Definitely others,but I think the hot water is softening the glue over time causing it to faili have come across this at several micky Dee’s in the past and another one saturday
 

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Discussion Starter #7
Also they have their water heater turned up to 140 degrees or more on 3-comp sink and if all three vats are full of this scalding hot water I can see the hot water causing a glue joint to fail over time,that's a lot of hot water running thru that pipe,also I only have 18-24" on drain before it goes into vent in wall so no cast iron or copper can be used,they had the 3-comp sink and the dishwasher all tied into the same 2" pvc pipe
 

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We always use copper on commercial dishwashers
Pvc will melt.
Every commercial kitchen i have plumbed has a booster heater under the dishwasher the output is 180 degreesF
 

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I’ve remodeled a few commercial kitchens, replaced many three and four compartment sink drains. Never an issue with pvc. Commercial dishwashers dump into a floor sink here with an air gap. No problems there either.
 

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We always use copper on commercial dishwashers
Pvc will melt.
Every commercial kitchen i have plumbed has a booster heater under the dishwasher the output is 180 degreesF
Yes it should be but this micky dees was plumbed 22yrs ago and they used pvc on the sink and dishwasher
 

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I’ve remodeled a few commercial kitchens, replaced many three and four compartment sink drains. Never an issue with pvc. Commercial dishwashers dump into a floor sink here with an air gap. No problems there either.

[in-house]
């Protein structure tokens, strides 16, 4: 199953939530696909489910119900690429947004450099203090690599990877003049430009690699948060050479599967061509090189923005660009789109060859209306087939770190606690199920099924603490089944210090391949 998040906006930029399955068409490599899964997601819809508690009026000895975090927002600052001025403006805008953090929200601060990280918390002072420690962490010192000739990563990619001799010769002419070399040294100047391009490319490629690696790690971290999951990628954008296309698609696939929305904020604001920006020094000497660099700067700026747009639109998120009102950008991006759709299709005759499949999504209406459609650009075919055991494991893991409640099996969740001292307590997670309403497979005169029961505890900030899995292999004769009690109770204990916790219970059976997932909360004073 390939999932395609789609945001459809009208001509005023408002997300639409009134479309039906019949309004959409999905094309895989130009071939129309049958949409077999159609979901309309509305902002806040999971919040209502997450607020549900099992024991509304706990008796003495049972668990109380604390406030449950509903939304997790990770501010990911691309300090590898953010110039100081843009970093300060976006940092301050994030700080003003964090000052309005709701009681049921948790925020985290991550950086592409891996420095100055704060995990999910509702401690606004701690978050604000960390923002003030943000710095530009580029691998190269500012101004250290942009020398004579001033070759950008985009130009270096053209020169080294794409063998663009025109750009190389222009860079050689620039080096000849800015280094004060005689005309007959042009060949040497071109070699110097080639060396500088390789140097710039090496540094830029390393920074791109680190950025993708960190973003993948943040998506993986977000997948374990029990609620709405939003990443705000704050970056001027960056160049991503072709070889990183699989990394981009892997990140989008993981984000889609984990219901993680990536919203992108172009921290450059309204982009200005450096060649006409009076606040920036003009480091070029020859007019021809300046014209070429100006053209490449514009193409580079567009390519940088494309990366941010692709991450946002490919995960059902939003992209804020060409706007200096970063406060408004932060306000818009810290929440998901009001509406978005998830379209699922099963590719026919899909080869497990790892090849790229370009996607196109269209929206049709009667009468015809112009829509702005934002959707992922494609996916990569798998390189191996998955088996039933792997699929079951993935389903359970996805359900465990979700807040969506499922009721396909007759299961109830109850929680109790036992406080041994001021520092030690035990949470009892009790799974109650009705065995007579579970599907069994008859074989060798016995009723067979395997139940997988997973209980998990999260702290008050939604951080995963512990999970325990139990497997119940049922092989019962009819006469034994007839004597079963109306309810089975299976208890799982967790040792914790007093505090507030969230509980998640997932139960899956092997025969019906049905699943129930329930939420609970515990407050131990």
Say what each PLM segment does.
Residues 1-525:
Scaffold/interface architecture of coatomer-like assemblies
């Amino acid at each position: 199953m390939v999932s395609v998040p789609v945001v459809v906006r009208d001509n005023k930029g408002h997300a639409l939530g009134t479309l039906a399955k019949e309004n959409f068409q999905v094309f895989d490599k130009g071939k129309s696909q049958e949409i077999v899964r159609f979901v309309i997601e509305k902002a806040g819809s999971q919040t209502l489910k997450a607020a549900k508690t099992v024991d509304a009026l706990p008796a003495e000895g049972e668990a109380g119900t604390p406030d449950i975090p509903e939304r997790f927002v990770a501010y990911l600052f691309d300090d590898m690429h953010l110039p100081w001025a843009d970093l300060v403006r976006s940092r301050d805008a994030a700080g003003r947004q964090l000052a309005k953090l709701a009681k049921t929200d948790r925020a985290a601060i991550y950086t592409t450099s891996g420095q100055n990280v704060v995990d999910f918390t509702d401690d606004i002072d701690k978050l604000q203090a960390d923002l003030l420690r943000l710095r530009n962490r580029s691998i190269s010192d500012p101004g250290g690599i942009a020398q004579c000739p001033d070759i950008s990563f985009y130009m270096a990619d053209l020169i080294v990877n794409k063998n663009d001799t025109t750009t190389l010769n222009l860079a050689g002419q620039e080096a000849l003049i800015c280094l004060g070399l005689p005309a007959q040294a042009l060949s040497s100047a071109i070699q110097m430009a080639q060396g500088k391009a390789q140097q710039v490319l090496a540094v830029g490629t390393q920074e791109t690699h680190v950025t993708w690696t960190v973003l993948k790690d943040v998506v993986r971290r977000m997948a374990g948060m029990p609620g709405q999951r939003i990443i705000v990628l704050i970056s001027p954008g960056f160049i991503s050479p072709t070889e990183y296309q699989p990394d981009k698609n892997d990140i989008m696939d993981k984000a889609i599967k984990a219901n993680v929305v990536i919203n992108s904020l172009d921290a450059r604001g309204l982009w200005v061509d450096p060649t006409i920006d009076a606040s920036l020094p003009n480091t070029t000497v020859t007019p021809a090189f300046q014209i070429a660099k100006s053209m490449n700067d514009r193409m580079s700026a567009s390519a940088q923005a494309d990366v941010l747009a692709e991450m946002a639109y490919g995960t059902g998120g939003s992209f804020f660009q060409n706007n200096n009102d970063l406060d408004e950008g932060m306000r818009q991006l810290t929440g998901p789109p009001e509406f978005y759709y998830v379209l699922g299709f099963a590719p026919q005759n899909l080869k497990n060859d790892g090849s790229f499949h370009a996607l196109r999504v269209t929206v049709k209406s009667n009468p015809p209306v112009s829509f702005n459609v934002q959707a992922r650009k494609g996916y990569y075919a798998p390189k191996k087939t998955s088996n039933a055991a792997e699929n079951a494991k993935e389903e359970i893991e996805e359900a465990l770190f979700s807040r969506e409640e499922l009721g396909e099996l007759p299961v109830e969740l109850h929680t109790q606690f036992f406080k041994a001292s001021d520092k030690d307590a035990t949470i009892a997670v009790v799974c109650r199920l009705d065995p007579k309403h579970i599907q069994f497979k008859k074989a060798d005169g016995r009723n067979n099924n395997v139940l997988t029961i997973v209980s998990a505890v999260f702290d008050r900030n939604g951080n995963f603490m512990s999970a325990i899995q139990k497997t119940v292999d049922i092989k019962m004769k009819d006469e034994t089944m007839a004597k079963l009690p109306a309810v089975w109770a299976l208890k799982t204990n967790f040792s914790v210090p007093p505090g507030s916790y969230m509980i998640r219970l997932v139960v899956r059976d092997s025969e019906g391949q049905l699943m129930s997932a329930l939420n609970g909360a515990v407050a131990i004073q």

I would dump this dishwasher into a floor sink IF it had one,all I can do is direct pipe it into the 3-comp sink drain,that's all we can do with it
 

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Watts 9D doesn’t cut it.... Someone help me with this one. It’s been a few years. Damn it. No sleep tonight and I don’t have that code book!
I was agreeing that commercial must dishwasher as an indirect waste. We actually can use a 9D here in conjunction with a watts 288a vacuum breaker. Although some towns require us to use a 009 testable double check and an 800m testable vacuum breaker.
 

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I was summer help pre apprentice in '68 on the Wayne State Medical center (Detroit). Plastic pipe rep came out and showed my journeyman ( traveler 70 yr old who ran for governor of Arkansas in 40's). The demo was for a toilet battery vent only 2". I watched carefully. "prime pipe after removing burs, apply cement to fitting first, then pipe....push together...1/4 turn...hold 60 seconds together with firm pressure....after he left the governor never did the 1/4 turn and held for 10 seconds. The water test looked like a fountain with all joints leaking.
Fast forward to 1980....travel job....GM plant Dayton Ohio for Forman Industries..Morrain engine i think....."You guys ever work on plastic conductors? Sure my partner said...also from Motown Local 98..."Good we get alot of leaks maybe cause its 10 inch conductors?"" So Larry starts the first joint prep sanding etc...I of course read the can of cement...at this time new 4th generation cement came out no holding 60 seconds required....but we must have got a load of the same 1st generation cement I was privy to in '68. The can said "....and hold 60 seconds>>" so the common issue in the trades is failure to not read the installation instructions...not to mention expired glue sitting in some trailer years bought by bean counters...we had no leaks but drug up when they told us we had to drive a drott and put the pipe up tooo"" We have operating engineers in Detroit" Larry told them...."weell in Dayton we do the crane operating...said Mr forman.. The simple point is your question on which glue??? The answer is in the manufacturers instructions, and with the internet a simple phone call to the manufacturer or their trade organization for guidance. You could have mixed brands of fittings and pipe etc....Hope this steers u in the right direction.